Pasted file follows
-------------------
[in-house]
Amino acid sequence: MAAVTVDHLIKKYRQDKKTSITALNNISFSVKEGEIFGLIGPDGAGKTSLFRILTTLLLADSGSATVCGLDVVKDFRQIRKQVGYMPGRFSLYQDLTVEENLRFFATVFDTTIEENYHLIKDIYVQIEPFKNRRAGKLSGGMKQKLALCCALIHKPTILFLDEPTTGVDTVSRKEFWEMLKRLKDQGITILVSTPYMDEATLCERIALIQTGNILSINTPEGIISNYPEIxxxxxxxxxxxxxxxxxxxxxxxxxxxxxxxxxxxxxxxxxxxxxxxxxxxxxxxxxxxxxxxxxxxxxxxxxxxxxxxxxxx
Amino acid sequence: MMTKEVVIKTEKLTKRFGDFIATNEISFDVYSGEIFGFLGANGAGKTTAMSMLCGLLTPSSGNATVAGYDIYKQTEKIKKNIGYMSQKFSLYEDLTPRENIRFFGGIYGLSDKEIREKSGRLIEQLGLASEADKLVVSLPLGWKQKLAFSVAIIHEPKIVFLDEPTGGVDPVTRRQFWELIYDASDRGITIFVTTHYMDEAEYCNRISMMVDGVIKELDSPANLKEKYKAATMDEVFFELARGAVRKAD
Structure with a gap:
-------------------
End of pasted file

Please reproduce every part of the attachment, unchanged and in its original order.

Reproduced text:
[in-house]
Amino acid sequence: MAAVTVDHLIKKYRQDKKTSITALNNISFSVKEGEIFGLIGPDGAGKTSLFRILTTLLLADSGSATVCGLDVVKDFRQIRKQVGYMPGRFSLYQDLTVEENLRFFATVFDTTIEENYHLIKDIYVQIEPFKNRRAGKLSGGMKQKLALCCALIHKPTILFLDEPTTGVDTVSRKEFWEMLKRLKDQGITILVSTPYMDEATLCERIALIQTGNILSINTPEGIISNYPEIxxxxxxxxxxxxxxxxxxxxxxxxxxxxxxxxxxxxxxxxxxxxxxxxxxxxxxxxxxxxxxxxxxxxxxxxxxxxxxxxxxx
Amino acid sequence: MMTKEVVIKTEKLTKRFGDFIATNEISFDVYSGEIFGFLGANGAGKTTAMSMLCGLLTPSSGNATVAGYDIYKQTEKIKKNIGYMSQKFSLYEDLTPRENIRFFGGIYGLSDKEIREKSGRLIEQLGLASEADKLVVSLPLGWKQKLAFSVAIIHEPKIVFLDEPTGGVDPVTRRQFWELIYDASDRGITIFVTTHYMDEAEYCNRISMMVDGVIKELDSPANLKEKYKAATMDEVFFELARGAVRKAD
Structure with a gap: